In my previous blog post (Database Projects – Making Changes), we successfully executed our first development task in a feature branch. To get our changes to the development environment, we will need to execute a couple of steps which are called merging.
What is merging exactly?
When you start development, you create a feature branch, which is a living copy of your main branch where you apply changes during the development phase. As soon as you finalize your development, you want to get these changes to your development environment.
This process is called merging. During the merge process, 2 branches will be combined. At this point, we want our feature branch to be combined with the development branch.
Merging by example
To get started, make sure that you have Visual Studio open and that you have opened your Database Project. As soon as everything is loaded properly, navigate to the bottom right corner where you can see which branch is currently checked out. In my case, the feature/demo-ticket-1 branch is checked out.
Now, let’s click on the branch name and explain what you are currently looking at.
As you can see, feature/demo-ticket-1 is marked in bold. This means that this branch is currently checked out and active on your local machine. As you will see as well, I currently have 3 branches available on my local machine: development, feature/demo-ticket-1 and master.
In case you don’t have a development branch yet, you can create a new branch called “development” based on the master branch.
Now click on the development branch to make sure this branch is checked out, to validate, take a look at the right bottom corner and check if the development branch is activated.
Up next, we need to ensure that we have the most recent version of the development branch available on our local machine. To do so, navigate to the Git section in the menu bar, click Git and choose Pull. This will pull in all changes from the remote development branch and make sure that your local version of the development branch is up to date.
During the next step, we will be executing the actual merge process. To do so, navigate to the bottom right corner of Visual Studio, click on the development branch and then right-click on the feature/demo-ticket-1 branch. As all options will be shown, you will see “Merge into Current Branch”. Confirm by left-clicking on this option.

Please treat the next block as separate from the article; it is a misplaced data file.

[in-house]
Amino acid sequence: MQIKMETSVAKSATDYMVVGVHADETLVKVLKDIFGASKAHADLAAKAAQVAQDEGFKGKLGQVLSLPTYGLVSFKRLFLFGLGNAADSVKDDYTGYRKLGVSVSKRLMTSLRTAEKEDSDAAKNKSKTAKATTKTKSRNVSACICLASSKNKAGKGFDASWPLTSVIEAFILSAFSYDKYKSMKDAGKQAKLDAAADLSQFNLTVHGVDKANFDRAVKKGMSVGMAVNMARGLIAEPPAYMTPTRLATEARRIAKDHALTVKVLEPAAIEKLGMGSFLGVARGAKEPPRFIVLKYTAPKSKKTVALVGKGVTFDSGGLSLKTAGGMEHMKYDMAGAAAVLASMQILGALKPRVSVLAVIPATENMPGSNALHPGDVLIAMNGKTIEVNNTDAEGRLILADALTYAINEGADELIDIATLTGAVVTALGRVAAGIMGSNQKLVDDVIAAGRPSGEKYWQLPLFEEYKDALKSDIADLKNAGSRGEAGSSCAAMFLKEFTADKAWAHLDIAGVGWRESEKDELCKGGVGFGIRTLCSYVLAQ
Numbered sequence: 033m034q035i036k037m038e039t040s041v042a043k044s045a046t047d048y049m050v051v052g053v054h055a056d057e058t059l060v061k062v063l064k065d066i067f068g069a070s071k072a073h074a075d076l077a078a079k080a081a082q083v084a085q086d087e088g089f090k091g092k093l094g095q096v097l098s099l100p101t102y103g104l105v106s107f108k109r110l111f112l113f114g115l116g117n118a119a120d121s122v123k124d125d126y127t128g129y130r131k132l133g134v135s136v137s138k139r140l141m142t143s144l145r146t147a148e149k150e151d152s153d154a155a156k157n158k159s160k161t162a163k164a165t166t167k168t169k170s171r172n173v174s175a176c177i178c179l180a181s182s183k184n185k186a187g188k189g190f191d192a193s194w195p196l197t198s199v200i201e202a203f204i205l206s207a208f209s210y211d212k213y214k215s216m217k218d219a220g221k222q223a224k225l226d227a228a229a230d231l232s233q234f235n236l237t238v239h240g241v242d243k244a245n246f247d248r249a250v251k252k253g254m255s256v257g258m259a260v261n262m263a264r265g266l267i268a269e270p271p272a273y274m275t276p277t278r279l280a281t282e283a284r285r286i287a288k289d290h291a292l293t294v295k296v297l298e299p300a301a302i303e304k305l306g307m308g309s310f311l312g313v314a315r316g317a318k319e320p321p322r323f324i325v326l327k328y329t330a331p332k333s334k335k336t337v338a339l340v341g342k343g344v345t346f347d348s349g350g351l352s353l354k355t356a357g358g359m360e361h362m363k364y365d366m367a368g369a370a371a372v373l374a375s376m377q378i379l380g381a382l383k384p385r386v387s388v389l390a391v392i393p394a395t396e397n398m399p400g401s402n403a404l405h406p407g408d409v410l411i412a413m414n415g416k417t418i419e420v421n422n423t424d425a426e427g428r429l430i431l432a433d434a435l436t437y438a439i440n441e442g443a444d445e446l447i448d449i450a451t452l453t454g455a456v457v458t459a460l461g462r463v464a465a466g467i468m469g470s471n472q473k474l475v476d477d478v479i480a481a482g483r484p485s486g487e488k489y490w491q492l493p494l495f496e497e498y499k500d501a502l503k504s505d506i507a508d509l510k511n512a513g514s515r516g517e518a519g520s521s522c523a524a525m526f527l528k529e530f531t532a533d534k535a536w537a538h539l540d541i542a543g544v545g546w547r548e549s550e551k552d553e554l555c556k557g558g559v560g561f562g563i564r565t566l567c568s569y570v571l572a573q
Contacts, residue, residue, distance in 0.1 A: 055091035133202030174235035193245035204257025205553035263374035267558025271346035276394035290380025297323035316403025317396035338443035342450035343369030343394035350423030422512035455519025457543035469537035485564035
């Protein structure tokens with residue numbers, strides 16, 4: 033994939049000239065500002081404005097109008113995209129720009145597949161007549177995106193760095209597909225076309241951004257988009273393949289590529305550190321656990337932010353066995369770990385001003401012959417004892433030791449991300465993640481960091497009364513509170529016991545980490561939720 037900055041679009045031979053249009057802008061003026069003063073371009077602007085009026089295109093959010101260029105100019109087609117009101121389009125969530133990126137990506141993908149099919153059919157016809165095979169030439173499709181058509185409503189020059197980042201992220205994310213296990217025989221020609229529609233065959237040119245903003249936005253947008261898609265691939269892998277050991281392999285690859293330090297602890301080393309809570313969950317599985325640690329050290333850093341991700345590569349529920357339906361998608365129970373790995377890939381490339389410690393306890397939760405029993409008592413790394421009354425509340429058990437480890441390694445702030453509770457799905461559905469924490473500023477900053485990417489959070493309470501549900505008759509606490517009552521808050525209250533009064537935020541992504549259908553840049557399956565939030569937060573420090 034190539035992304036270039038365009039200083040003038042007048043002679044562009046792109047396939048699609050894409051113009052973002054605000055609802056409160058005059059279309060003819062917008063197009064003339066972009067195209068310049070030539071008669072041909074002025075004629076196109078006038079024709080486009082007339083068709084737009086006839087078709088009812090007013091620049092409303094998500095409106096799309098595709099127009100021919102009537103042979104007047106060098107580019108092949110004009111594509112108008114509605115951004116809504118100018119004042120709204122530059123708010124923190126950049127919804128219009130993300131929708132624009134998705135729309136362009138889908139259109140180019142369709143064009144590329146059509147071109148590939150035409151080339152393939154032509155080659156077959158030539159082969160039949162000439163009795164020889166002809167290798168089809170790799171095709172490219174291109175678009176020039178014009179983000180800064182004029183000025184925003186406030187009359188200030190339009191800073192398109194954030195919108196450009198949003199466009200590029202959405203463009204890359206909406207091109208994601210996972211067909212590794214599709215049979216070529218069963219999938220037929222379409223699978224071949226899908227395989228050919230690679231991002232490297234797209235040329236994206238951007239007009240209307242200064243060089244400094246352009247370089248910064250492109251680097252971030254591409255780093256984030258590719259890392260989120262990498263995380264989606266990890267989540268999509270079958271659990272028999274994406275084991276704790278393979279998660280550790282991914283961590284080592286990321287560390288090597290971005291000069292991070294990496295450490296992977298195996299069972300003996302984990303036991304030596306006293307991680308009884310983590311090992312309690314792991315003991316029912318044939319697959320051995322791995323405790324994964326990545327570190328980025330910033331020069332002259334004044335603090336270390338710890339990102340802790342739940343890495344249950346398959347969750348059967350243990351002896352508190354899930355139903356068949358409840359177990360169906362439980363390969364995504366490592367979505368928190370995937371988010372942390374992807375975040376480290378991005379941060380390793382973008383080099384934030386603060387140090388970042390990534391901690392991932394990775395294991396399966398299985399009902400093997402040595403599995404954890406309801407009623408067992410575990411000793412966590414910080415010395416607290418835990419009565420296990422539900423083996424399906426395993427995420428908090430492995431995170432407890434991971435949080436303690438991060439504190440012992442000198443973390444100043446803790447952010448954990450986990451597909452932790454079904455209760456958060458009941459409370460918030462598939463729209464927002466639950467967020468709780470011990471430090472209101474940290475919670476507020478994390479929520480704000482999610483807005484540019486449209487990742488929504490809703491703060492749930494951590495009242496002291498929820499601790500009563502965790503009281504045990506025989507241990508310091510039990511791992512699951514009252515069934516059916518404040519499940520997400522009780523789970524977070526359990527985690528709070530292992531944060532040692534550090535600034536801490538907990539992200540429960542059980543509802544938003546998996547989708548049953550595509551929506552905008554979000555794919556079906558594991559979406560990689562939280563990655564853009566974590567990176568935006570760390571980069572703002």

Visual Studio will now warn to ensure that the merge process will be executed intentionally. Since we want to get our changes in the development branch, confirm by clicking Yes.
As soon as you have confirmed, Visual Studio will start to execute the merge of the feature branch with the development branch in a backend process. What is important to remind is that you always need to check out the branch you want to merge to and you need to make sure that you first get the most recent changes in by pulling before you start the merging process.
Now you can navigate to the Git Changes pane in Visual Studio (Menu bar: View –> Git Changes), As soon as the merge process has finished you will something similar to:
As you can see in the screenshot above, there is 1 outgoing change (in my case) ready to be pushed to the remote. To finalize the merge process, click the push icon in the Git Changes pane. As a result, you will get the following message:
If you want to validate your push, you can quickly navigate to Azure DevOps, and go to your repository. Make sure you change to the development branch to check your changes.
As soon as you complete the merge process, you can deploy your changes to the development environment. If you are wondering how to deploy, l go through the deployment process step by step in the following blog post: Database Projects – Deploying Changes.
If we need to summarize the most important steps when you want to merge:
- Make sure that you first get your destination branch up to date before you start merging. Otherwise, this may lead to merge conflicts. So pull before you merge.
- As soon as you have merged, make sure to push the merge to the remote as well. Since Git is a decentralized source control system, changes only happen locally until you push your changes to the remote repository
Be First to Comment